You’ve probably read about California’s frenzy over whether to start using computerized voting machines. Teams of computer-security experts examined California’s would-be voting system and concluded that attacking it would be quite feasible. State officials disagreed. Sensing that the notion of finding a better answer would require them to actually do their jobs, the officials challenged the security experts’ findings with the age-old technique of denial. “Bah!” they cried. “Those ‘experts’ used very improbable attack methods.” After all, what are the chances that a bad guy could get physical access to the machines clandestinely? Who could even imagine that a malicious user might access and modify the machine’s programs?

Now, you’d think that California—the state that virtually birthed the computer age—would be the absolutely last state to let computers handle something as important as vote-counting. Yes, of course, the memory of the hotly contested and still-disputed 2000 US Presidential election is still vivid, and no one ever wants to hear the phrase “hanging chad” again. But, really, how might computers make elections more reliable? Consider these few examples of the inadvisability of computer-based voting machines.

First, there’s the matter of the “butterfly ballot” that bedeviled some Floridians in the 2000 election. These people were confused by what we’d call a bad user-interface design. It’s just as easy—perhaps easier—to create a bad computer UI, as I’d imagine any IT pro can attest.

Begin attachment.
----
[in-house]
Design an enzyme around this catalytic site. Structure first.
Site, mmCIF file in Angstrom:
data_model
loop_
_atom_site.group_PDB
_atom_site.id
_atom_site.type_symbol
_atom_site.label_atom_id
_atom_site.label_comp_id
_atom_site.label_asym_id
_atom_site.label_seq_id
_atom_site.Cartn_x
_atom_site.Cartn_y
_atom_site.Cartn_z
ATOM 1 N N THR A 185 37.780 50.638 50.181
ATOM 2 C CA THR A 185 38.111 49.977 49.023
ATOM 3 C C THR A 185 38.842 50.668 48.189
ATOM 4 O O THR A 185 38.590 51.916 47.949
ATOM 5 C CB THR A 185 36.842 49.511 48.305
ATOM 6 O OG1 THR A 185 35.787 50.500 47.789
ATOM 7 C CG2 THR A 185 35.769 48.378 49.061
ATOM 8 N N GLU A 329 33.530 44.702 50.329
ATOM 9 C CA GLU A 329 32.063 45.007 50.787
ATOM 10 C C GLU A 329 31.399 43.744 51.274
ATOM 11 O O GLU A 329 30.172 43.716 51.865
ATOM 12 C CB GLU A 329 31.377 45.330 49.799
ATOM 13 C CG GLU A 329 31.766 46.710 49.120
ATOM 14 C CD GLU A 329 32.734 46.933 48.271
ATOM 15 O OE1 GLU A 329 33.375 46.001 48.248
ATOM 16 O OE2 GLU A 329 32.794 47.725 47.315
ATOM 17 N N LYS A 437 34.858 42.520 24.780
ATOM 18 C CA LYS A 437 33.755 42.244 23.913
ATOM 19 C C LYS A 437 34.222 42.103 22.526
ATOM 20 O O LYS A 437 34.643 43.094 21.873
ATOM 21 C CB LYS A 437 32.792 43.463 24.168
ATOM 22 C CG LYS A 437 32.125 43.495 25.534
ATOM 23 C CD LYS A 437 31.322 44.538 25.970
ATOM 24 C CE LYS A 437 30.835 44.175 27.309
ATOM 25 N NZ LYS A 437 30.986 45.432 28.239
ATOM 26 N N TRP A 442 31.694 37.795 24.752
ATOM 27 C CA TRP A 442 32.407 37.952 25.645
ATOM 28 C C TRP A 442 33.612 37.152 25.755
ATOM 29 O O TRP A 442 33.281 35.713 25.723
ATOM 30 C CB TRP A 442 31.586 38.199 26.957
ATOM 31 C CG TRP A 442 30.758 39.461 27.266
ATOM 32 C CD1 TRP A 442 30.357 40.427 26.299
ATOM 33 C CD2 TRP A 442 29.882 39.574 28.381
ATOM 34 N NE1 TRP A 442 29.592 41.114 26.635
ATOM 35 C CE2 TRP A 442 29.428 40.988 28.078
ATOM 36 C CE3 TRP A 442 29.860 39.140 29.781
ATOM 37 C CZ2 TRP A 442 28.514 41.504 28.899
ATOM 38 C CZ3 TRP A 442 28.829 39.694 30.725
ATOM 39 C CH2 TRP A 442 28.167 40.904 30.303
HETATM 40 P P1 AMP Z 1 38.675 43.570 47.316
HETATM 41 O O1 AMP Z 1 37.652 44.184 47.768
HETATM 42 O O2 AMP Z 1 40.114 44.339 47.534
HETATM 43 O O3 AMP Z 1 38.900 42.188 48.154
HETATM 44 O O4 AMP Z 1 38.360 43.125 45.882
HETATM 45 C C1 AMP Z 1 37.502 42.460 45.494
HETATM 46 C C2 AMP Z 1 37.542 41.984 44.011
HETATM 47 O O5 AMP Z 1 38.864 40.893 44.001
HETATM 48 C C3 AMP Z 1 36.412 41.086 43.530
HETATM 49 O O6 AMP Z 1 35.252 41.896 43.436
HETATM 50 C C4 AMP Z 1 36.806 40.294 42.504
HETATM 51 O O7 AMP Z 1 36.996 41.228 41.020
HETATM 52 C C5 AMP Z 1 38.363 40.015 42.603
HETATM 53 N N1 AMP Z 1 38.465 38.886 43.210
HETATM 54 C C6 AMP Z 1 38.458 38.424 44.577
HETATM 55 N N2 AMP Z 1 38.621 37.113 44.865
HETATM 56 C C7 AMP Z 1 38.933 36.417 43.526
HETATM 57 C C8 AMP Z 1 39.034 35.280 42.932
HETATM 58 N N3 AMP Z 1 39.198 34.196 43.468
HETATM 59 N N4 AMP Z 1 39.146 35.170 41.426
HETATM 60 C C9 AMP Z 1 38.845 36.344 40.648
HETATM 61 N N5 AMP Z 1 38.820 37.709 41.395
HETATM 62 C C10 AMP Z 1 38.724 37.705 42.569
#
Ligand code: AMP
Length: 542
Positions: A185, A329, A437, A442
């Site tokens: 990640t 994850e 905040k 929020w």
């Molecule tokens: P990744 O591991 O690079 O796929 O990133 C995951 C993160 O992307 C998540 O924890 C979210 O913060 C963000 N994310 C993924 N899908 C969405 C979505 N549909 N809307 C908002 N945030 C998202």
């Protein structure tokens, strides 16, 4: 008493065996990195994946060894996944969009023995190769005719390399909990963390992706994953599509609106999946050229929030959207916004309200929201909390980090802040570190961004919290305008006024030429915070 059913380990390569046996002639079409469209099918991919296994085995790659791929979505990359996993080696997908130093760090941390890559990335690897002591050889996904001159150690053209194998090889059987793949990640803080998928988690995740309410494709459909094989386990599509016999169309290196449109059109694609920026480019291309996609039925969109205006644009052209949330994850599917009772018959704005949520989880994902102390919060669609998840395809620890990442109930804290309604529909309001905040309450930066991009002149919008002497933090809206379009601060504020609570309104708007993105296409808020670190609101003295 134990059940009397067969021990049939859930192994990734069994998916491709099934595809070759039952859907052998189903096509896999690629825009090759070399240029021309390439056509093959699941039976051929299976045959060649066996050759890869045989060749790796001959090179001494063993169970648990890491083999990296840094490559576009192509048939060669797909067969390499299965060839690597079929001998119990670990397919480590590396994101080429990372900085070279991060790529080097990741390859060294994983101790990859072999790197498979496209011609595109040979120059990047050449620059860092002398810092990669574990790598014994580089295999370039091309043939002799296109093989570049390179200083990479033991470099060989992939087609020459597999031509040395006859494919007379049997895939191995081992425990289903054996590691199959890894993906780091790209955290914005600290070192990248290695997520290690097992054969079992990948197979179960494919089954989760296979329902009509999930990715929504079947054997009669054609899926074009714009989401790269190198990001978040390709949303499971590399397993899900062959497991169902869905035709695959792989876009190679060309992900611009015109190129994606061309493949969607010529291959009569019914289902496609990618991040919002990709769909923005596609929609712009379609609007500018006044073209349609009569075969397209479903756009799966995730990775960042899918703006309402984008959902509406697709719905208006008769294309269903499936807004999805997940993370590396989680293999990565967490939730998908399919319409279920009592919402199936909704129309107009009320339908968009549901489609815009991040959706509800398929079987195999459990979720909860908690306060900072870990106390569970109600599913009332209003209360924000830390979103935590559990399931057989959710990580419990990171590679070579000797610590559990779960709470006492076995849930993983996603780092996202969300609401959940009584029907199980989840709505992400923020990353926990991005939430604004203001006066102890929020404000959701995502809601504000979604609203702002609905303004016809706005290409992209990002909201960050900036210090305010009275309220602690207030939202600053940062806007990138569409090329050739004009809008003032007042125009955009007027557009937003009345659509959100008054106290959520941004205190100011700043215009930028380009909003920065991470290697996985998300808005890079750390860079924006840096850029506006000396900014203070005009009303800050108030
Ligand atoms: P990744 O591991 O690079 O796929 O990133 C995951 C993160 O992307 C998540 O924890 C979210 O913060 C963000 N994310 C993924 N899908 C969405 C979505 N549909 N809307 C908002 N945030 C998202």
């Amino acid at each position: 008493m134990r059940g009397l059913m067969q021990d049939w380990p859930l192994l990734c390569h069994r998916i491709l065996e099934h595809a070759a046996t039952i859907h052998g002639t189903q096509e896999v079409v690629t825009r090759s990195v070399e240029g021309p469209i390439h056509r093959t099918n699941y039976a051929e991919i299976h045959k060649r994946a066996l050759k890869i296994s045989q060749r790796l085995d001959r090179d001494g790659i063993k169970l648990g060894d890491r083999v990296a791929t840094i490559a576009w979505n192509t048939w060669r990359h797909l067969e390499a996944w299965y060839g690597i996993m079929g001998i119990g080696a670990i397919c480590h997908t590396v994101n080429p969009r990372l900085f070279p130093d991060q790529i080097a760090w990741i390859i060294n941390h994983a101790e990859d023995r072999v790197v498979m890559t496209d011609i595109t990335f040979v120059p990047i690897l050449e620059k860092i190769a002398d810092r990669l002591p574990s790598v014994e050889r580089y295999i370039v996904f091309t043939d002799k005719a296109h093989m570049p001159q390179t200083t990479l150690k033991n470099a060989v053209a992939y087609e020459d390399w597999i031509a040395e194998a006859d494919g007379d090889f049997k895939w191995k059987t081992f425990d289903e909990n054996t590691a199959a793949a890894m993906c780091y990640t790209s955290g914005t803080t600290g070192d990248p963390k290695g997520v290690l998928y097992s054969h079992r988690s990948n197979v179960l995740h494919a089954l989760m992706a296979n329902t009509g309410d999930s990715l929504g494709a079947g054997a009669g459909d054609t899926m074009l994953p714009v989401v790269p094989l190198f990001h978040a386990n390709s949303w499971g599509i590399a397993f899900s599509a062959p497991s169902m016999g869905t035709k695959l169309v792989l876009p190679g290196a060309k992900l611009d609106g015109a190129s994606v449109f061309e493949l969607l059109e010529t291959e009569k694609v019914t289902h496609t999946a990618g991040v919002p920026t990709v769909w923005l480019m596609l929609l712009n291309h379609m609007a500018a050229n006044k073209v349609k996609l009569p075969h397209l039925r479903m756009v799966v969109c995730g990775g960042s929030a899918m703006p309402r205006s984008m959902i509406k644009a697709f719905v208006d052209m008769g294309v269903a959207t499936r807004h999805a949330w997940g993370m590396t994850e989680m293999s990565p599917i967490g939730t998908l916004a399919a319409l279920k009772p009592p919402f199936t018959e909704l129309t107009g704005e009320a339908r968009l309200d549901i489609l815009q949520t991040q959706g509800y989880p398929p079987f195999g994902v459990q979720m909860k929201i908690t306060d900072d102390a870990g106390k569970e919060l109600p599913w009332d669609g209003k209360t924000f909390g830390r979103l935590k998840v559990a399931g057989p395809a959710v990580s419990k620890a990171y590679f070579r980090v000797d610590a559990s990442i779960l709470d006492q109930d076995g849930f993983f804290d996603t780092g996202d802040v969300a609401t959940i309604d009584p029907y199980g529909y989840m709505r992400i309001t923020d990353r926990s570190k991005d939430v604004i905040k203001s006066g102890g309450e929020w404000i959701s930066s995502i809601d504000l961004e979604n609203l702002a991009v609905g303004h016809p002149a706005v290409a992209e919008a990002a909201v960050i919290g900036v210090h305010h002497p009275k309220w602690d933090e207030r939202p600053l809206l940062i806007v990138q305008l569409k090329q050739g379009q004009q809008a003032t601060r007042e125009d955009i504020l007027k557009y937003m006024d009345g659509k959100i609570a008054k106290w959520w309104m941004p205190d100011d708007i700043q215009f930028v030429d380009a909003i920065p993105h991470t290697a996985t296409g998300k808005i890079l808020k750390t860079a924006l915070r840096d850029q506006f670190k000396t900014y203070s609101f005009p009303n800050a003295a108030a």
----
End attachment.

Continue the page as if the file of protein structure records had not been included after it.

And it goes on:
Second, there’s the fact that a computerized voting system is built on computer software, and to my knowledge, no one in the history of computing has ever built a non-trivial program that didn’t contain errors. Errors in human-based systems are transparent to any sensible adult, so for years, investigations of voting fraud have needed nothing more than a bit of detective work that any interested voter could undertake. (The processes are usually written in English, and voting officials can be interviewed.) But how many Americans will be allowed to examine the source code of electronic voting machines, and how many could make sense of a mountain of C++ code even if they could see that code?

Third, how would any statewide system tally votes? That’s a techie way of saying, “How does a state add up the tallies from polling place A, B, C, and so on?” Well, heck, that’s easy: Just hook them all up to a network and have them report to the election officials in the state capitol. But what network would be that ubiquitous? Why, the Internet, of course! It’s safe, right? Obviously, it’s not safe, so in the end analysis, what is the safest way to transmit and aggregate those numbers? The answer would probably be a system like the one we have now—a system that uses a variety of communications systems or, in other words, the same process of telephone calls, ballot boxes driven across a county, and so on. It would be no more reliable, and certainly no more cheaper.

Fourth, it seems to me that the ultimate argument against computerized voting and tallying is obvious: the multiplicative power of computers. Stealing an election conducted with paper ballots would involve the conspiracy and silence of thousands of people. I’m no expert on conducting conspiracies, but pulling off anything with so many participants sounds highly unlikely. However, implanting malicious code into computerized voting machines might involve no more than a handful of people.

Decades ago, some wag created a poster that read, “To err is human … but to really foul things up requires a computer.” We’ve all paid for the mass computerization of mundane tasks in the form of messed-up paperwork, fouled sales orders, and so on, and the price is usually nothing more than some wasted time and frustration. Sometimes, though, as in a few of the larger stock-market drops in the past 20 years, computer-related problems have translated to some serious failures. Are we really willing to risk the validity of our votes on that sort of thing?